Ladies and gentlemen, listen up! There is something new in town and it’s coming your way on June 6th.
Last month, I was lucky enough to win tickets, cocktails and food at Emporio Eivissa, an Ibiza-themed pop-up bar on the rooftop of East London’s Rockwell House, sponsored rather incongruously by Brugal rum from the Dominican Republic (thanks to London on the Inside – love their website). I guess a Spanish-speaking party island needs some Dominican rum, and who am I to question something awesome like that?
To be honest, given the weather that weekend, we were all hoping for some Ibiza. It was so cold that I turned up in a vest, jumper and jacket.
But Brugal were leaving nothing to chance – they were ready with blankets. And awesome blue hats. And watermelon & rum ice-cream, which is a very good idea.
Even the sky flashed us a smile in between the showers. Because, yes, a rainbow appeared right over the Brugal sign. Is this a sign?
Emporio Eivissa was a lovely way to spend an early evening. It wasn’t too crowded and had the right amount of space and number of comfy chairs to make it a perfect venue for chilling out.
We were lucky enough to be given three cocktails each (otherwise, they were incredibly reasonably priced at £6). Being a group of six, with six cocktails on the menu, we naturally tried them all! Favourites were a Watermelon & Ginger Diaquiri, which was surprisingly refreshing and much milder in flavour than you might expect, and the EIvissa – Brugal Anejo, apple juice, apple pie gomme, lime juice and ginger beer. Unfortunately, the cocktails were a tad weak so we didn’t get taste the Brugal as much as we would like.
There was also food and this is when we discovered some exciting things. The company providing food were called Platterform and, among other creative things, they are a group of chefs who provide food at various events…
How do we know about them? Well, we took a couple of bites of the food and it was so delicious that we stalked the chefs, cornered them, and practically demanded their life stories.
We had a chorizo roll (£6) that was so bursting with flavour I thought I might pass out from happiness. We had barbecue chicken wings (£5), beautifully marinated with Brugal, chilli and herbs. There were arepitas (£5) – corn fritters served with Brugal tomato salsa and fresh cheese – which were very tasty but overwhelmingly rich, unless you happened to be my German and Swedish friends. In that case, you would order two and then be mildly despondent when you couldn’t quite finish them.
Platterform are about to begin a music-art-culture-café-bar residency at Hackney Empire, kicking off this Friday (June 6th). If their food is anything like what we had an Emporio Eivissa, you need to get yourselves there.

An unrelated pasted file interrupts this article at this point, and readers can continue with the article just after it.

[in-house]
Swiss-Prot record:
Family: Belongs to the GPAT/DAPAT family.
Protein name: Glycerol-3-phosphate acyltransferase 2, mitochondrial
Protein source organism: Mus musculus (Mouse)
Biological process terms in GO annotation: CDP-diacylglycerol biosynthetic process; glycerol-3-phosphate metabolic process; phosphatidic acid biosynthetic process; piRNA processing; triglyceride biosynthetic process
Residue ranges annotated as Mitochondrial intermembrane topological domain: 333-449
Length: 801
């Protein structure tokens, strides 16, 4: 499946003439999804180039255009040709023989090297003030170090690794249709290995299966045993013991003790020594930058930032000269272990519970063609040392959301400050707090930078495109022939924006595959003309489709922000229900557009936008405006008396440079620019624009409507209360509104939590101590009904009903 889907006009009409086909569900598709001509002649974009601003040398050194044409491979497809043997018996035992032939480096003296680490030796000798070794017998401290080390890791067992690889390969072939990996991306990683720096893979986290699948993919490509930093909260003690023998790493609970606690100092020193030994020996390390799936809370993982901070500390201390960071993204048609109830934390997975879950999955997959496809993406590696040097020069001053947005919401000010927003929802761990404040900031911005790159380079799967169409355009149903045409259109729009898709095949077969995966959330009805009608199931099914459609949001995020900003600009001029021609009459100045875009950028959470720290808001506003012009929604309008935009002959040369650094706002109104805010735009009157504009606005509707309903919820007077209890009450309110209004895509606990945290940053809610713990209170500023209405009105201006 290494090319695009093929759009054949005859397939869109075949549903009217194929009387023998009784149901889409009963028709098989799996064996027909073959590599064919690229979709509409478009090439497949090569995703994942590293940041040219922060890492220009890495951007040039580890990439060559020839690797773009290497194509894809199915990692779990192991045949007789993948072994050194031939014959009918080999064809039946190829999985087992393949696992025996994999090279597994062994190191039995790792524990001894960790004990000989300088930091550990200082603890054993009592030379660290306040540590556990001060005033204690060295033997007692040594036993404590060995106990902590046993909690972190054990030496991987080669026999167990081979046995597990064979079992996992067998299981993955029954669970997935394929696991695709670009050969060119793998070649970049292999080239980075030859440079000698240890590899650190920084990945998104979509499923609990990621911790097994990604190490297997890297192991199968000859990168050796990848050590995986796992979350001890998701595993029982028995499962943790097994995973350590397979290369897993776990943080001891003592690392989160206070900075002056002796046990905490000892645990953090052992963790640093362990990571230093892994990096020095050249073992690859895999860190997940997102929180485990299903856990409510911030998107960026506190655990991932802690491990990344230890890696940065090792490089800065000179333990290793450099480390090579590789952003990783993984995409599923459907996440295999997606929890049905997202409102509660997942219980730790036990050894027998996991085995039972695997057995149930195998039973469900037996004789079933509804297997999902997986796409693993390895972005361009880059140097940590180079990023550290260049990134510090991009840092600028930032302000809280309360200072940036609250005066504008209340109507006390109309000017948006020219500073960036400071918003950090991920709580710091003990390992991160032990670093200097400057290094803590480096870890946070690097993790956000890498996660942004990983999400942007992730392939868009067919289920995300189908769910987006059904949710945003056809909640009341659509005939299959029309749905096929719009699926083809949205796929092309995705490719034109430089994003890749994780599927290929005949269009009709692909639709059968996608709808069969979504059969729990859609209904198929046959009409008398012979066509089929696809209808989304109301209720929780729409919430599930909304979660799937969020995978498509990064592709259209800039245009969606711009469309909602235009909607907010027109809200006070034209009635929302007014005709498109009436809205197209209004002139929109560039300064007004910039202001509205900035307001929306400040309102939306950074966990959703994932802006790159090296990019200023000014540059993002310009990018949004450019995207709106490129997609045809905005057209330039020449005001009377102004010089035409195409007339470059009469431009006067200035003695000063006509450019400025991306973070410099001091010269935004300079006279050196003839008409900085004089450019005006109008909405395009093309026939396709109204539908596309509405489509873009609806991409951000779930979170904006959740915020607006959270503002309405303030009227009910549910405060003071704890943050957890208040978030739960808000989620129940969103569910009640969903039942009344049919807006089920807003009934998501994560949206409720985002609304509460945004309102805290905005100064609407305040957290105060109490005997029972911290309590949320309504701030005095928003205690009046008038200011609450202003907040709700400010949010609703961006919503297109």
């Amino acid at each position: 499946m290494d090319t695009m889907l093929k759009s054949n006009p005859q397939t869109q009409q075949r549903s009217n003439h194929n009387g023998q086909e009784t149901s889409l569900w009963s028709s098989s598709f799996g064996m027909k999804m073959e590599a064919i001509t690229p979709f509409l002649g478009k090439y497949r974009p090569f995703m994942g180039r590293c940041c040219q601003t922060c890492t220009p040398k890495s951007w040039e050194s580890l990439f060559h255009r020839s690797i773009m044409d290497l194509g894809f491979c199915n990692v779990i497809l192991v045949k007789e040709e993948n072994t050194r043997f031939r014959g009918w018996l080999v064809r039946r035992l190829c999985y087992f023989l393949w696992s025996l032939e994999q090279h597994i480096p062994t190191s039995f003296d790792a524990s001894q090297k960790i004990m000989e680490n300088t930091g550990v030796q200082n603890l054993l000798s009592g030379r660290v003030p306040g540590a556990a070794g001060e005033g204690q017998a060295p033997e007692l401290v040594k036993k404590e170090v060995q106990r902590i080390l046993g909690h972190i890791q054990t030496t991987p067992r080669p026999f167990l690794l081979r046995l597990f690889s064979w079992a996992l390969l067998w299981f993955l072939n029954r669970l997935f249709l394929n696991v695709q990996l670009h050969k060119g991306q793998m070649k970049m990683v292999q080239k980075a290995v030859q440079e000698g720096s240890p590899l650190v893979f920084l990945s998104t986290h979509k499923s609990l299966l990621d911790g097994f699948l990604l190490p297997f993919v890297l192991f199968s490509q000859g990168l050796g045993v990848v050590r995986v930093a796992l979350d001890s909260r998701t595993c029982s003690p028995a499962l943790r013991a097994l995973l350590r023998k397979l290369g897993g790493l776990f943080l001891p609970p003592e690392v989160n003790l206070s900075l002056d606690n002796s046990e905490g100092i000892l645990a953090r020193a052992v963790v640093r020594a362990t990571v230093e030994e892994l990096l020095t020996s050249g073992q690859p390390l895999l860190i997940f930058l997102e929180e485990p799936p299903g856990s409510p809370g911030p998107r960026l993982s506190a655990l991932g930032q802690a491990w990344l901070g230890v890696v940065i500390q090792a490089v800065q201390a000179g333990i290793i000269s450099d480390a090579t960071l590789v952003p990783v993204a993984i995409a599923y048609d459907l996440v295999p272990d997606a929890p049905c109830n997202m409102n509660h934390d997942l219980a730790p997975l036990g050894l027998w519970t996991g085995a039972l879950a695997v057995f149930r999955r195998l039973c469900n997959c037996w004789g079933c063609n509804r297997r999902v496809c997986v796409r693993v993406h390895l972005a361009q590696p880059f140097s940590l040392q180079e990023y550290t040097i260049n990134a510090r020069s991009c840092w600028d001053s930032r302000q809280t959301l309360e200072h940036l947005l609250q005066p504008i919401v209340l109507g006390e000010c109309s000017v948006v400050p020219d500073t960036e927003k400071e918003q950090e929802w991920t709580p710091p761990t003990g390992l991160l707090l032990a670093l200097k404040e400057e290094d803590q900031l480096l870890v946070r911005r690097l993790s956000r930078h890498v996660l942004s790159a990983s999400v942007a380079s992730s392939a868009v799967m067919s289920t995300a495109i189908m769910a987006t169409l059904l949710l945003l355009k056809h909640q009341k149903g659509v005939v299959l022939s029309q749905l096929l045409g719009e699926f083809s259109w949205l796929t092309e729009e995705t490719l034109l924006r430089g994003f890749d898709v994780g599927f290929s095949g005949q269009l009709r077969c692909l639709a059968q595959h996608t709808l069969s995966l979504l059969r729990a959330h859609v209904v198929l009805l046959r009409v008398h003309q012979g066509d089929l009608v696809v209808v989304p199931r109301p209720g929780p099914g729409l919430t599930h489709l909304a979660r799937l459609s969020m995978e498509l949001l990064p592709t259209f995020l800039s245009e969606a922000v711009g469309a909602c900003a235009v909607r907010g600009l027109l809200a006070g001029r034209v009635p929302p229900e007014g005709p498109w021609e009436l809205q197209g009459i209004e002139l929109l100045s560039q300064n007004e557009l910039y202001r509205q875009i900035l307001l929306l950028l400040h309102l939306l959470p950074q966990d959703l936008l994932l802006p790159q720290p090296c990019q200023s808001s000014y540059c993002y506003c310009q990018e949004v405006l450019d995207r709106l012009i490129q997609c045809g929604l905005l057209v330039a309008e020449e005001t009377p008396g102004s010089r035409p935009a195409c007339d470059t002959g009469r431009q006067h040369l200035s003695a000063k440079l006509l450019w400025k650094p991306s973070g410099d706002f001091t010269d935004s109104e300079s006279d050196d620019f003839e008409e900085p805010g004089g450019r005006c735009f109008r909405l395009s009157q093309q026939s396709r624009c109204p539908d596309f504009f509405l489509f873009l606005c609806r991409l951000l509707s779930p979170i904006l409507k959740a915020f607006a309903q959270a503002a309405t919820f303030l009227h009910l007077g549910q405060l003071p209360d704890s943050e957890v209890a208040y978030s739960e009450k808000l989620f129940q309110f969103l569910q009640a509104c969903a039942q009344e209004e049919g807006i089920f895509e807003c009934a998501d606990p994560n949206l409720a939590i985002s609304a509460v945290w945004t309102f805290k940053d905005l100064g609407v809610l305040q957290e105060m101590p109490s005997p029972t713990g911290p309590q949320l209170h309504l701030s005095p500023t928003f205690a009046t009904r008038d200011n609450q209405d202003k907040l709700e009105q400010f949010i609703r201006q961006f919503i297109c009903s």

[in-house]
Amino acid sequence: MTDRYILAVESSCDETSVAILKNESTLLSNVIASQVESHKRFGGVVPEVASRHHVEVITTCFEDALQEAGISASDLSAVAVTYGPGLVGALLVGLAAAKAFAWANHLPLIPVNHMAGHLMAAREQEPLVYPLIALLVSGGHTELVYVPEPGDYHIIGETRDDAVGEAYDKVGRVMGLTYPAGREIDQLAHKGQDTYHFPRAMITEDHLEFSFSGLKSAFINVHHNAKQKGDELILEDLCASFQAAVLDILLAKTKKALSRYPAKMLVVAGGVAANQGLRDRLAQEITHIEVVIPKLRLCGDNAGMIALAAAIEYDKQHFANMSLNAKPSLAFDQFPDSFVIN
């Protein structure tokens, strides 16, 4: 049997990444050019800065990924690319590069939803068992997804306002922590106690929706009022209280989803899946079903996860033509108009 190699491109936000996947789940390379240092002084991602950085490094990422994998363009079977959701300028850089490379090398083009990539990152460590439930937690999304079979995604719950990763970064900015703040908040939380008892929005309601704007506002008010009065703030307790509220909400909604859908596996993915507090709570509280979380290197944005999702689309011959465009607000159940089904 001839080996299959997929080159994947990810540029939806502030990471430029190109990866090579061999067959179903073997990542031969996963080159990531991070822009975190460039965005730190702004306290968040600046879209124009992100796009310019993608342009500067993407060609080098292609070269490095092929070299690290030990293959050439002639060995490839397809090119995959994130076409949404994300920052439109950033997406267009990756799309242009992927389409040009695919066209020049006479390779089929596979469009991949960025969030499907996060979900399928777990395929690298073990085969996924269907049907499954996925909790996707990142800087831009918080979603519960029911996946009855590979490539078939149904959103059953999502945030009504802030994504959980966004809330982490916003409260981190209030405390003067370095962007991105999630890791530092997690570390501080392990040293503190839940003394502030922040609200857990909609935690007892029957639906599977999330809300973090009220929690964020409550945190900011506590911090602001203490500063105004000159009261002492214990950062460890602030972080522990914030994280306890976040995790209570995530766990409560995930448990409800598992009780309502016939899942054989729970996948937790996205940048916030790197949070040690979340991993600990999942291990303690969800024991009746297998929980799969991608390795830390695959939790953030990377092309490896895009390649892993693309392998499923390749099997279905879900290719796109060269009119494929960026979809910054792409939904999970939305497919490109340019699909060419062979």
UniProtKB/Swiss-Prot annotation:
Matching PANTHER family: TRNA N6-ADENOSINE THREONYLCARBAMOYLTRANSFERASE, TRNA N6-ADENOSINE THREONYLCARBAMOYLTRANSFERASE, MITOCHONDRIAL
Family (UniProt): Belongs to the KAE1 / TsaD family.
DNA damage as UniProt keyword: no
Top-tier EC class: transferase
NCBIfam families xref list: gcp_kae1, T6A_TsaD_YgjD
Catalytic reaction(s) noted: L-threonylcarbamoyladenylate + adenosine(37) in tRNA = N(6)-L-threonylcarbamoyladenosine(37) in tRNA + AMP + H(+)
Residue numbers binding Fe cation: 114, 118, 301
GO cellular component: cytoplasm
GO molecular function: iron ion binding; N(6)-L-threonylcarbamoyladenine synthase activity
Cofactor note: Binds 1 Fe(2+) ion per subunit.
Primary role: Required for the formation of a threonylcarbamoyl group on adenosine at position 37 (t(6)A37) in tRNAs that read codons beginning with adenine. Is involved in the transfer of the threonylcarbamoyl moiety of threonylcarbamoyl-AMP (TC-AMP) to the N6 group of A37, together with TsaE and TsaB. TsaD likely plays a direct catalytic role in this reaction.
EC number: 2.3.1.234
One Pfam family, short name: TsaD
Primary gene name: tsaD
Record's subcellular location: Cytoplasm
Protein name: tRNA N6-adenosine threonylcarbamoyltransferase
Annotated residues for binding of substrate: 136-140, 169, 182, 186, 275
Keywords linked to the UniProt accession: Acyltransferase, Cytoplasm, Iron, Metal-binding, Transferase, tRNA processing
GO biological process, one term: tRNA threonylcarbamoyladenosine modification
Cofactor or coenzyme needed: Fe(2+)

To top off our rooftop evening, we discovered a giant bean bag on our way out and made so much noise that resident artist Jim Vision came out his workshop to find out what on Earth was going on. Instead of telling us off, he ended up telling us all about his rather cool street art and then ended up being papped several times by my friend.
A good evening indeed.
4 thoughts on “Emporio Eivissa – Brugal Rum Rooftop Pop-up”
That sounds like fun; the rainbow was definitely a sign^^.
After checking Vision’s work out I noticed he likes bees. I keep bees, so I always like it when people realize how important they are^^ What were you doing with a bean bag that was making that much noise?
You keep bees? That’s awesome. How much time does it take? I’d love to keep bees.
The giant bean bag… well, it was just asking to be jumped on…
I’d say less than an hour a week, unless something odd is happening. I might spend several hours getting the hive set up for winter or harvesting honey, but a 20 minute weekly or even bimonthly check up is usually plenty. You can leave them alone for a month or more if you make sure they’re happy before you leave; best pets ever^^
After getting a hive established they tend to take care of themselves. You just need to make sure they have enough room, that their brood areas and honey areas are separate (if you want to eat the honey), and check for infiltrating species like hive beetles. Occasionally you will need change out some of the old comb/frames with new foundation. I do the box that holds brood about once every other year one.or two frames at a time; since the honey boxes are removed during harvest I change those out whenever they start looking too dirty^^
If you decide you want to try I would be happy to talk you through setting a hive up. You might not even need to buy the bees if you contact the local agricultural office; people who are retiring from beekeeping and swarms are great ways to get them for free^^
Ah I would love to keep bees so much! Not having a permanent address means that this will likely be a future project 🙂 I went to a tiny island off the coast Croatia called Šolta where I was given a mini-explanation/tour of beekeeping and have been in love with the idea ever since!